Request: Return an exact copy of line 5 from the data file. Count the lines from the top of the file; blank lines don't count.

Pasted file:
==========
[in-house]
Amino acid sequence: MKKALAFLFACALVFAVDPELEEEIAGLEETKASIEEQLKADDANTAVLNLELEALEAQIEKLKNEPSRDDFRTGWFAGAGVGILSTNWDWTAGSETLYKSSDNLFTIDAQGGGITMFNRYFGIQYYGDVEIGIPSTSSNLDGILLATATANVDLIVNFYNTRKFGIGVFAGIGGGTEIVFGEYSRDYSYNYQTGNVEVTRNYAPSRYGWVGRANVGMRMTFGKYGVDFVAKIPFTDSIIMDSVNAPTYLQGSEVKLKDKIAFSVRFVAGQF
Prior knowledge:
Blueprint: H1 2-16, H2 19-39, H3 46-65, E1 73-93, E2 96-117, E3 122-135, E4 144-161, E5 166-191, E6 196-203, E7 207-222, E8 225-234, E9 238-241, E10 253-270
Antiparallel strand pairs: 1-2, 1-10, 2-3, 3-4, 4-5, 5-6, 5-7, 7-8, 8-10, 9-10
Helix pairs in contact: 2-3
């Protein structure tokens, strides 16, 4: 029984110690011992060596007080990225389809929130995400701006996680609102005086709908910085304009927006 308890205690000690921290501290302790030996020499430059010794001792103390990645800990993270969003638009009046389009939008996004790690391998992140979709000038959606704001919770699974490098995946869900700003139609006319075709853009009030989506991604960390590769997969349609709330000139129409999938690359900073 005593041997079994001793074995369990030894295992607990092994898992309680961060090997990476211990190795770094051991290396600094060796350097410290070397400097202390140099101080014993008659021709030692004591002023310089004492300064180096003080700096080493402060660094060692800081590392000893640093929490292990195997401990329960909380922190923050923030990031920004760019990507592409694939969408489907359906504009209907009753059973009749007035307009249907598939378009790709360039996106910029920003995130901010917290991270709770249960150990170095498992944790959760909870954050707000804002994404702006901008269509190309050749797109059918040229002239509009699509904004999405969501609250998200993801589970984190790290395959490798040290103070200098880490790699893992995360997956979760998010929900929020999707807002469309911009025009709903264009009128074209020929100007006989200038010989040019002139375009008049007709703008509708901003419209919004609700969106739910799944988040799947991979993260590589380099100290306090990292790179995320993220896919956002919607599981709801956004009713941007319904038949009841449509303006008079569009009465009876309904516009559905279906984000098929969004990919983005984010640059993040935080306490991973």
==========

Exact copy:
Antiparallel strand pairs: 1-2, 1-10, 2-3, 3-4, 4-5, 5-6, 5-7, 7-8, 8-10, 9-10